The Tartan Spartan

Category: 300 News | Posted by: DaisyMay
Article Date: February 24, 2007 | Publication: The Scotsman | Author: Craig McLean
Publication/Article Link:http://living.scotsman.com/index.cfm?id=297642007


YOU join us in that cradle of civilisation, Greece. But there won't be much sun protection required on the Adriatic this afternoon: the skies are thick with murderous thunder and lightning.

Despite the inclement weather, a bunch of manly men - 300 to be precise - are standing around in little more than leather loincloths and comfy sandals. They are shouting "hoo-hah!" and beating their chests as their mulleted hair flaps in the wind. They have an urgent appointment at the Hot Gates. No wonder they're eagerly stroking their swords.

No, they're not German tourists, and nor is the Hot Gates a lap-dancing club. They're elite Spartan soldiers, the toughest of the tough in the warrior culture that defined the Ancient Greek city state of Sparta. Back then, no one messed with the Spartans; hundreds of years of battlefield dominance had seen to that. But now, with the time fast approaching 480 BC, Sparta is under attack from the evil god-king Xerxes. He wants to conquer Sparta like he's conquered much of the rest of the known world. But he knows the Spartans are macho guys. So just to be sure of victory, Xerxes sends a big army to fight them. A really big army. A million-strong army, in fact, with lump-faced giants, phantom soldiers with sharpened teeth, armoured elephants and battle rhinos thrown in for good measure.

"Come and have a go if you think you're hard enough" - or ancient Greek words to that effect - says Sparta's King Leonidas. He positions his 300 soldiers at the Hot Gates, a narrow corridor between cliffs through which the Persians will have to pass. Let the Battle of Thermopylae - one of the greatest ever, military history fans - commence... But hang on - is King Leonidas speaking with a Scottish accent? Indeed he is. That's Gerard Butler playing the lead the role in 300, a full-on period film based on the graphic novel of the same name by Frank Miller (Sin City, The Dark Knight Returns).

In this epic the 37-year-old from Paisley is rippling with so much muscle as to be almost unrecognisable. He has played more than his fair share of action/hero/macho roles, from Beowulf to Attila The Hun, to Lara Croft's boyfriend in Tomb-Raider to The Phantom Of The Opera. But in this big-budget blockbuster he takes the energy biscuit.

"It wasn't about becoming Schwarzenegger," Butler says of his bulging bod. "I wanted to have power and agility and speed - but I also needed to bulk up to fill the role of the king. I had the armour on my arms designed in a particular way so you could literally see the veins and the meat bulging out of the side. My arms were massive! I'd be working on them with weights and I'd feel my arms were gonna fall off. But I just didn't stop."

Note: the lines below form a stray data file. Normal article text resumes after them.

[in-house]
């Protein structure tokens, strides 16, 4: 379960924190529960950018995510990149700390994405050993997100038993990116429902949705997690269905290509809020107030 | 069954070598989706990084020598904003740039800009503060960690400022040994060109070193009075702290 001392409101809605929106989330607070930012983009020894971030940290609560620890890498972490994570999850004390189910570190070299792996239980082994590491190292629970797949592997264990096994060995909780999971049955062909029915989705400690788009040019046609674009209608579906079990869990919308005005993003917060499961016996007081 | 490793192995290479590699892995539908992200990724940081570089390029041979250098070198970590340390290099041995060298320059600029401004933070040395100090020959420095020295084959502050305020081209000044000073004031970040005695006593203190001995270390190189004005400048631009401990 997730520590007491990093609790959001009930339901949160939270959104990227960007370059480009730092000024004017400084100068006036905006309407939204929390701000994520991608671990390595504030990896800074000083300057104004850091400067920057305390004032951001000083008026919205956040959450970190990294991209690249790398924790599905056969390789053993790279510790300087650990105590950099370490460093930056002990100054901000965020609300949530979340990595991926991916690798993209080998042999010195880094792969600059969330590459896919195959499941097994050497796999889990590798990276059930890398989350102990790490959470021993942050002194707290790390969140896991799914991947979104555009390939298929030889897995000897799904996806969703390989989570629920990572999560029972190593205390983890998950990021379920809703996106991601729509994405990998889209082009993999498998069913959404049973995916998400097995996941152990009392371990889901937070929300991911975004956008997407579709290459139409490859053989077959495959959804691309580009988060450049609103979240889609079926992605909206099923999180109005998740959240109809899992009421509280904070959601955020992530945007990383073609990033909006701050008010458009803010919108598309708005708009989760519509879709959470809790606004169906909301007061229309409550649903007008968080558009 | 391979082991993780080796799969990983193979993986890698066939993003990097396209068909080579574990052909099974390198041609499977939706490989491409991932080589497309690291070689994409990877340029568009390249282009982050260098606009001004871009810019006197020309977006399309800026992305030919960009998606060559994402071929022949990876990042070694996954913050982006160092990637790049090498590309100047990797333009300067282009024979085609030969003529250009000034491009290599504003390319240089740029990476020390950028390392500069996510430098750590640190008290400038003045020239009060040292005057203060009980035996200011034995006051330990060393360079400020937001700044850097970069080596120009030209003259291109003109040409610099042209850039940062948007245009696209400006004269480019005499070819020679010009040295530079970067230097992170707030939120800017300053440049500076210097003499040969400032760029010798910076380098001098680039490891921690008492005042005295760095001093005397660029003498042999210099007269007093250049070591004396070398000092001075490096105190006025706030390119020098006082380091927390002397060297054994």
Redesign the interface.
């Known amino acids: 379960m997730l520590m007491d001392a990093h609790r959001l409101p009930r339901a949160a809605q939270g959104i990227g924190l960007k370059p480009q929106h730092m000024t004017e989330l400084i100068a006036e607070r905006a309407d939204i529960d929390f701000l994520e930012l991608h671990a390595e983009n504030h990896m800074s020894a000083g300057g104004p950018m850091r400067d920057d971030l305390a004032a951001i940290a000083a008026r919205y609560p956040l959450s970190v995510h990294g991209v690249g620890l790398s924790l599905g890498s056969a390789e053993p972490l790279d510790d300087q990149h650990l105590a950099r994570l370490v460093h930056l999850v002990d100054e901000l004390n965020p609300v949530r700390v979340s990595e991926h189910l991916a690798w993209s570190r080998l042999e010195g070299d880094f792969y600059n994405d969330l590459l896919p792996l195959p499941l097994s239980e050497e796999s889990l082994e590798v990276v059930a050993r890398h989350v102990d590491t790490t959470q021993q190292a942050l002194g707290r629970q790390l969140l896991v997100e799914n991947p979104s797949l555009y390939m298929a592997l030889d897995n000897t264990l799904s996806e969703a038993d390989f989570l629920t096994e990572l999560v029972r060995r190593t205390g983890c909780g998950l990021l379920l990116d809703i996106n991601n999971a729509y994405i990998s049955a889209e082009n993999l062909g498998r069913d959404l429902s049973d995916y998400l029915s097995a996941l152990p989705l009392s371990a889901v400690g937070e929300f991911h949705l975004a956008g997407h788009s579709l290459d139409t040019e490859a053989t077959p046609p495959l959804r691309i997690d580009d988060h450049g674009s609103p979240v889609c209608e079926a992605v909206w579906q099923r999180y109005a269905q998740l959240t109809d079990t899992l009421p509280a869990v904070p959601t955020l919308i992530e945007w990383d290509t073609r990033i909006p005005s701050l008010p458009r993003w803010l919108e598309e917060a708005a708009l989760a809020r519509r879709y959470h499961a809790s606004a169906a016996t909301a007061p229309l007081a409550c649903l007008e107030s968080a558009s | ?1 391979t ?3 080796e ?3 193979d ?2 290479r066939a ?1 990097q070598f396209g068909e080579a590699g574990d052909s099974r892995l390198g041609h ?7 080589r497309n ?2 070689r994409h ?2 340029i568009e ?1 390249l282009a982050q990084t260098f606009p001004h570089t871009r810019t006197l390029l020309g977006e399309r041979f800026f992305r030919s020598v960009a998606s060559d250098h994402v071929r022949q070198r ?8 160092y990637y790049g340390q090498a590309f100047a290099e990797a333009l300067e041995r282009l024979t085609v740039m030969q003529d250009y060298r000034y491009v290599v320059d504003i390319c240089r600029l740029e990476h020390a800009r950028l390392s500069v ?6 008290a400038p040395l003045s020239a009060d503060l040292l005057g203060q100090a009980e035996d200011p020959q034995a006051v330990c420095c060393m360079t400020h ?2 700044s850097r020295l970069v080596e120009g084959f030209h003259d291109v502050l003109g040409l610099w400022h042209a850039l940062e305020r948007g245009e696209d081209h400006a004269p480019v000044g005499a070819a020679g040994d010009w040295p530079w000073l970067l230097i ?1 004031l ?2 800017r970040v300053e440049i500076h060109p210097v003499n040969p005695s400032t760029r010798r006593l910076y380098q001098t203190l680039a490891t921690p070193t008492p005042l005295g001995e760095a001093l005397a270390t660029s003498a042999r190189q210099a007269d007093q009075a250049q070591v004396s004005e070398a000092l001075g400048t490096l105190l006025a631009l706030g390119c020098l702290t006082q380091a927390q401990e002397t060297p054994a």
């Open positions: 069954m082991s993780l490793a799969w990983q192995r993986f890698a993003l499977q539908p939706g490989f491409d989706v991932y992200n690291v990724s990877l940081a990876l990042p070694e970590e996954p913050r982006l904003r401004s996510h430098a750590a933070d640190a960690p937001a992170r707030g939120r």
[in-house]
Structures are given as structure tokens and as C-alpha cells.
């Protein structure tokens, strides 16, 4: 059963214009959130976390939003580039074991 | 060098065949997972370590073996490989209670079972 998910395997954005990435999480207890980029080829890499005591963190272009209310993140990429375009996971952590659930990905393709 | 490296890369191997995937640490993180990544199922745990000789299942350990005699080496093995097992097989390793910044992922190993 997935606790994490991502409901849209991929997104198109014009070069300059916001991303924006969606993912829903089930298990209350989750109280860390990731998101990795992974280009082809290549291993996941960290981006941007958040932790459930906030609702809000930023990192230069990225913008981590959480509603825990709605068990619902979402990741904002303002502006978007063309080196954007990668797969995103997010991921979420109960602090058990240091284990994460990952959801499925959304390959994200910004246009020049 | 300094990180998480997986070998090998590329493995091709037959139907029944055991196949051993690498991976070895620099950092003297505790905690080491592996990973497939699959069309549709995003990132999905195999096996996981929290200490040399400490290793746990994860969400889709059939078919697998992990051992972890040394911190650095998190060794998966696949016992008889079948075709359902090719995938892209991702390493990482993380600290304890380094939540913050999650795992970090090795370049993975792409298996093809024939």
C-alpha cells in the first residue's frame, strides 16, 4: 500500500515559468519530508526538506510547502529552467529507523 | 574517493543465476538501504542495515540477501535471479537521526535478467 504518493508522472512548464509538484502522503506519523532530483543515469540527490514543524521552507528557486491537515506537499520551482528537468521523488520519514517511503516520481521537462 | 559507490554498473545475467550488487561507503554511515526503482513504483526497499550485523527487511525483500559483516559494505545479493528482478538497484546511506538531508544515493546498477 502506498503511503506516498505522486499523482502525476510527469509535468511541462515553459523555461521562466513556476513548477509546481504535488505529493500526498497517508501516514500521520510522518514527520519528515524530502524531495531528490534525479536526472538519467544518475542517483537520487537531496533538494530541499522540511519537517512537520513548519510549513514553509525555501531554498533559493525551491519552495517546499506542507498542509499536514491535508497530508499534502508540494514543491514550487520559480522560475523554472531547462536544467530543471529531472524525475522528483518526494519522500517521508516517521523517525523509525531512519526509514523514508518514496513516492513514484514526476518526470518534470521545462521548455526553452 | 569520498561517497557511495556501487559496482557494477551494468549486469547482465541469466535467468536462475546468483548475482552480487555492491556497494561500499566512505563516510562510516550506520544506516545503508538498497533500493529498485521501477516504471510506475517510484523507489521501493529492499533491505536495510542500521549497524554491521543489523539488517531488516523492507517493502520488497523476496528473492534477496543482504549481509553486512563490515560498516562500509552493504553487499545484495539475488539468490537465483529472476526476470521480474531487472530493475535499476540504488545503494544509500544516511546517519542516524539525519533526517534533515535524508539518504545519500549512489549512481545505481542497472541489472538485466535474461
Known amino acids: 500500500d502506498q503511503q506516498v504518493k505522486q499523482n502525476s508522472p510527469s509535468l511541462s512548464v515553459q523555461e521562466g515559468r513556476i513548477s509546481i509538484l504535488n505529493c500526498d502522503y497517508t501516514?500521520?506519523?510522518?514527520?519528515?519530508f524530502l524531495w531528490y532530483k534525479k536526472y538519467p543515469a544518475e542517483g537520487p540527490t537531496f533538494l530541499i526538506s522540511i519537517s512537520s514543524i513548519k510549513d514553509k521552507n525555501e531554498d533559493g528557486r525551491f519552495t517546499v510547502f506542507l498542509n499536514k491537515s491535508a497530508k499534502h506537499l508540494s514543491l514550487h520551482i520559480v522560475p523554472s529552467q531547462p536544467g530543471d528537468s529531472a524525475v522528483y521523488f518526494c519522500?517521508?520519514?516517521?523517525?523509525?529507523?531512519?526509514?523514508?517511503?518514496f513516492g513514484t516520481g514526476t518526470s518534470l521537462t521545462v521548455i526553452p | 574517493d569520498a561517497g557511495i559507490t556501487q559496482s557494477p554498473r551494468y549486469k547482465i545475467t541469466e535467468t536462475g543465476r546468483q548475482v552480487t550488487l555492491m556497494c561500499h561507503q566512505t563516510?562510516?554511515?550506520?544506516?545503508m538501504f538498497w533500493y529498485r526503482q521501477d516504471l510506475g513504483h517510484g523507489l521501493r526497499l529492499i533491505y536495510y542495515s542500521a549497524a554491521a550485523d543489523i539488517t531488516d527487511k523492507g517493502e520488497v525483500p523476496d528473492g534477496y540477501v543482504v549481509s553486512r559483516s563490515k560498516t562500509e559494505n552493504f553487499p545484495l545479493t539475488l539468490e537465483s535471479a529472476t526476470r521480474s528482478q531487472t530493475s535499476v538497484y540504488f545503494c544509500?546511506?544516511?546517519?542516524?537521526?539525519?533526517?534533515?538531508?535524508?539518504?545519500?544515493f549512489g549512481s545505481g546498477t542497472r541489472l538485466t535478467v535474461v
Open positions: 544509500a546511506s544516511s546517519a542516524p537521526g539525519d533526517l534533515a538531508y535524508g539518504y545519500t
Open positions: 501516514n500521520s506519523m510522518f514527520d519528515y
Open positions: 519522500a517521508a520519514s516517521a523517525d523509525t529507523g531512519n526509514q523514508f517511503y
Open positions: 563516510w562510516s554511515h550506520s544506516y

For seven months, Butler and his fellow cast members, with the aid of a team of trainers, went overboard in the gym. He adhered to a strict protein-rich diet, and for the duration of the shoot he even gave up the full-strength Marlboro Reds which, during our lunchtime rendezvous in Los Angeles, Butler smokes like there's no tomorrow. Just as you've never seen Butler like this, you've never seen a swords'n'sandals epic like 300. It uses cutting-edge digital technology to create an ancient world with an almost painterly quality. Against this, director Zack Snyder (Dawn Of The Dead) and his team of stunt coordinators set up a beautifully orchestrated orgy of spearing, chopping and beheading. "It's a warrior ballet," says Butler.

"You knew you were climbing into a different world. There was something very un-Hollywood about it. It didn't feel like a stoodio film," he adds with a hint of an American twang. "Even though it felt like a big film, the characters weren't your typical epic-style characters. I often felt we were more like the bad guys. You know, this is no Troy, this is no Alexander - I didn't have time for either of those movies. They were flogging a dead horse there."

This sunny lunchtime in LA, Butler is less like a king than a laidback dude in artfully distressed jeans, leather jacket and an array of bangles and threads adorning his wrist. He has apartments in London and New York these days. But, having lived in LA on and off for a couple of years, he's West Coast in both senses: bit of a Glaswegian wide boy, bit of a Hollywood player, with the occasional lapses into California spiritual speak and American accent to prove it. He also brings with him the tiny wee dog - a miniature pug named Lolita - that, in some La La Land circles, speaks of celebrity status.